You Can’t Unlearn Good Money HabitsNovember 30, 2015
Mrs. Saver and I have been writing for this blog on a regular basis for around 9 months at this point, and there’s a pretty good reason why we’ve yet to lose steam. When we paid off our debt and began to gain our financial footing, our world was opened up for new opportunities. When we wondered what to do with our new influx of available cash, there were endless amounts of amazing resources out there to give us some much-needed direction. The best part? The things we’ve learned so far will inevitably stick with us for the rest of our lives.
You can’t unlearn good money habits, and there’s a good reason why — good money habits tend to lead to more money, and when there’s more money sitting in your bank account, it’s pretty natural to feel awesome. When you feel awesome, your natural tendency is to continue the habits that make you feel that way.
Let’s take debt repayment for example (an excellent money habit). When you successfully wipe out a considerable amount of debt, you gain an amazing sense of empowerment. If I can pay off that much debt, imagine what else I can do! You just might find that your excitement extends into areas of investing, entrepreneurship, or becoming a financial guru yourself. Imagine what you can do with an extra several hundred dollars each month when you’re not paying down debt.
Learning how to save money is also a fulfilling habit. When you begin cutting back on those extra expenses in your life, you just might find that you didn’t need those things you were paying for to begin with. In fact, it’s well documented that buying more stuff tends to make us pretty miserable. When we find that we might not need that expensive cable package, phone plan, or brand new car, it frees us up to apply our money to things in our life that have a better chance of providing us with fulfillment (travel, starting a business, working less to spend time with family, etc).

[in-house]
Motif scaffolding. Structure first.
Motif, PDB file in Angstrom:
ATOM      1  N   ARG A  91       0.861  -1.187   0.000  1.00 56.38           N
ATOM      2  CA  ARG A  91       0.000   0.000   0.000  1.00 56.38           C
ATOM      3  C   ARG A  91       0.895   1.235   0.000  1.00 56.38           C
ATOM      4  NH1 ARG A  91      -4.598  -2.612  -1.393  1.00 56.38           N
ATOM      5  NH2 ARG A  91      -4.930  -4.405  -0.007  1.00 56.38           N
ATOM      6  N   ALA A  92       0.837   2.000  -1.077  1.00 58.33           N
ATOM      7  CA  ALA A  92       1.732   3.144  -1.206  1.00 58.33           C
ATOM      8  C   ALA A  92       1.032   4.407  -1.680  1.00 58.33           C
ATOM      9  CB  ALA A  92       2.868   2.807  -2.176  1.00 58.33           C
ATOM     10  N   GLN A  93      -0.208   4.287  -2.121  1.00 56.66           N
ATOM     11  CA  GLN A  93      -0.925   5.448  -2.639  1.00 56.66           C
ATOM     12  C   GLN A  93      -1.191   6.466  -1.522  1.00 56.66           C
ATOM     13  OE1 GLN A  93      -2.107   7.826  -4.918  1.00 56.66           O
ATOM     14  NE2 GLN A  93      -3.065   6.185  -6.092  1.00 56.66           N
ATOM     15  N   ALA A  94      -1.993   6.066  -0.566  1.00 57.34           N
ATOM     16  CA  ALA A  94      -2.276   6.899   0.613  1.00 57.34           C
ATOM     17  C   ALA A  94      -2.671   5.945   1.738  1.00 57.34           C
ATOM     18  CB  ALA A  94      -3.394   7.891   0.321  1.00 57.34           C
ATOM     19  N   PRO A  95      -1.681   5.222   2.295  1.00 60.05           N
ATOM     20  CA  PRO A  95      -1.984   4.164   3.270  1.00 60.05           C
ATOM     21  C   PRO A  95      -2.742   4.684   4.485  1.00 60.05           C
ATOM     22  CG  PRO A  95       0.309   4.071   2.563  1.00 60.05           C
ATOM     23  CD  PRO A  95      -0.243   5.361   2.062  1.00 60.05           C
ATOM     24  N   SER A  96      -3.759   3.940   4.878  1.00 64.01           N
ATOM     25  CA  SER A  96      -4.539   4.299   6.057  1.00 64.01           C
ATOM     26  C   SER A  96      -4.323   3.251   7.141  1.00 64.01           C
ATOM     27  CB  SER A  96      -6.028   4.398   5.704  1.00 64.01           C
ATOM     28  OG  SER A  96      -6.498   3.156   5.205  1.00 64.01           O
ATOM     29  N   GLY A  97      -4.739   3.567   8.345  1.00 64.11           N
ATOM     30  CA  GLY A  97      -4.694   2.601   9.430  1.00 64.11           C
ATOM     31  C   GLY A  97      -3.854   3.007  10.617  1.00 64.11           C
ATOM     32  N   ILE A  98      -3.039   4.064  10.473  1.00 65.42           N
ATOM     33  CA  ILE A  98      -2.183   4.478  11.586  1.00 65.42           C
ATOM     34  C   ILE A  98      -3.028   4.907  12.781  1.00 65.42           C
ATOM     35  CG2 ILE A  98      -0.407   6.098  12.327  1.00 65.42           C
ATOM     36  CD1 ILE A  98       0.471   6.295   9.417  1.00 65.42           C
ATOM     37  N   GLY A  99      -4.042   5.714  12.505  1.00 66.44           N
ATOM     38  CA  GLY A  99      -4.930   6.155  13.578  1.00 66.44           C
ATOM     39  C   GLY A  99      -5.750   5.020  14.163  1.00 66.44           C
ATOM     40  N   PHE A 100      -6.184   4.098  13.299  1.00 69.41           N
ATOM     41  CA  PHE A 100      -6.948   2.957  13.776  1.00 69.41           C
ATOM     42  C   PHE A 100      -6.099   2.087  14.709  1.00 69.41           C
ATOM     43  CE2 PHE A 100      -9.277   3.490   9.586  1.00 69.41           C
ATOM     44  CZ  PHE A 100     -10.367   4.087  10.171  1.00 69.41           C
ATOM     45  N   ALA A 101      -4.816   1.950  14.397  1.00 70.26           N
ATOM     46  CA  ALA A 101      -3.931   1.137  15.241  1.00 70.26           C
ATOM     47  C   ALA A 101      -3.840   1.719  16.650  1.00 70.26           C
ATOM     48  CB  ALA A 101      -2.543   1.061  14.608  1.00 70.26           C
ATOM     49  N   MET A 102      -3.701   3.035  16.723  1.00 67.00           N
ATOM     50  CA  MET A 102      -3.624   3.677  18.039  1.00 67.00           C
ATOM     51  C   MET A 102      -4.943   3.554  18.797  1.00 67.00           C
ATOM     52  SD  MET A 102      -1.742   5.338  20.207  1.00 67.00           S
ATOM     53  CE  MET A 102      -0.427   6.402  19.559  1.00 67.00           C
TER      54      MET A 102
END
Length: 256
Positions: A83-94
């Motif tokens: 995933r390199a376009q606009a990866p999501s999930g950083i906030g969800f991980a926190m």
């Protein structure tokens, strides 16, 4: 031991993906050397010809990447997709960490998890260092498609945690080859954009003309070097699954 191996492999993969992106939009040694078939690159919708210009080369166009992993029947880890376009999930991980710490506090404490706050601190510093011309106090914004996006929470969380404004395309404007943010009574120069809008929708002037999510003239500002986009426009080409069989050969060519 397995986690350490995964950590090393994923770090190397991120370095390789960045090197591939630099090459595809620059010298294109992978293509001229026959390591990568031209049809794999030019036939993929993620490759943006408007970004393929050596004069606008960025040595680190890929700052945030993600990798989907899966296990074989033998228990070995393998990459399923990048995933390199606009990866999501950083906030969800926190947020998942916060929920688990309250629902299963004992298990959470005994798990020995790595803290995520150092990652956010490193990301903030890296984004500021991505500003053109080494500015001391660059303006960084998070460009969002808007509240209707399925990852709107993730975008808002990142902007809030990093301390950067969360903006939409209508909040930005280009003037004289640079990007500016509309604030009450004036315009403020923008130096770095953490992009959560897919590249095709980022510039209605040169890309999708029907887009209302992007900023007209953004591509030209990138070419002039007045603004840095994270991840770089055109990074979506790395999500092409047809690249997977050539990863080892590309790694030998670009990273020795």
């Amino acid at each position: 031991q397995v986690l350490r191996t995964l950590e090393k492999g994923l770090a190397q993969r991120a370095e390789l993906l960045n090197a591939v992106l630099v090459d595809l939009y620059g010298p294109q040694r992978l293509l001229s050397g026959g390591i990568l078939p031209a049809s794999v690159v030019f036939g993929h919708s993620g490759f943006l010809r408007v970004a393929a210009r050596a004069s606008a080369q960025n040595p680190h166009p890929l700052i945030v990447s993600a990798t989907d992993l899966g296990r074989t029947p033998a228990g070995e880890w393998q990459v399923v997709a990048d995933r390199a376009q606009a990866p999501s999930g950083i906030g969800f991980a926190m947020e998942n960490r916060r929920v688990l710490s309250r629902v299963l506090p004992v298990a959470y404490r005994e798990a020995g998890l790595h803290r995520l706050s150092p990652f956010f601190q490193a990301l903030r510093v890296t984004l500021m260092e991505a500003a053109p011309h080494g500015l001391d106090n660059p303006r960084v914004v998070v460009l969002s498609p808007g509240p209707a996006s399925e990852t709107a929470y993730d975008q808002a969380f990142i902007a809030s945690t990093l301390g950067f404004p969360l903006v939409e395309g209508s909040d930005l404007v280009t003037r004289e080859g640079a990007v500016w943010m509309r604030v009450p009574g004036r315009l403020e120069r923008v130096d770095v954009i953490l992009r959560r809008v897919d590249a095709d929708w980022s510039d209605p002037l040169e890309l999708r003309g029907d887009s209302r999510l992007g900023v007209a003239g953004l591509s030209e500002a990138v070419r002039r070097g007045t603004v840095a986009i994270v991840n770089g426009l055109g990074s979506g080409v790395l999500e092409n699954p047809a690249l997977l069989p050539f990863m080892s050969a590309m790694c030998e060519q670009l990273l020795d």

Let’s consider this also — if you spend the next year cutting out those hefty expenses in your life and getting rid of your debt, do you really think that you’ll one day decide, “screw all this smart money stuff. I want to dive head first back into debt.” In my view, that’s highly unlikely.
Unlikely side effects
There is a strange side effect to these good money habits, however. If you’re currently living with bad money habits, you may be envisioning a debt free life, piles of cash and the ability to run out and buy a Porsche. While it’s definitely true that folks with a high net worth have the capacity to buy a fancy new car outright, most of them don’t want to. No, it’s not because they hate fancy cars. Rather, it’s their lack of desire to drop loads money that made them rich in the first place.
Building these good habits will change you. When I was younger, I drooled over the fancy lives of folks on MTV Cribs and marveled at their ability to buy whatever they wanted. These days, it makes me sick to my stomach thinking about the insane wastefulness celebrated on the show. Ten cars that you don’t even drive?! What the f***!
If you make the decision to turn your finances around — become debt free, learn to save like a pro and think like an investor — there will come a day that your brain turns completely upside down on you. You’ll look back on your financially-dumb past self and possibly marvel at how deep in the hole you really were. You just might make a vow to never go back once you see where those good money habits are taking you.
Being smart with you money can bring some amazing benefits — being generous becomes even easier, taking on risk becomes exciting, and you’re much more likely to pursue a lifestyle that you’ll ultimately be fulfilled with. Even better, the habits that you begin building today can’t simply be unlearned, and the benefits that come with a healthy financial lifestyle will always be more appealing than the alternative.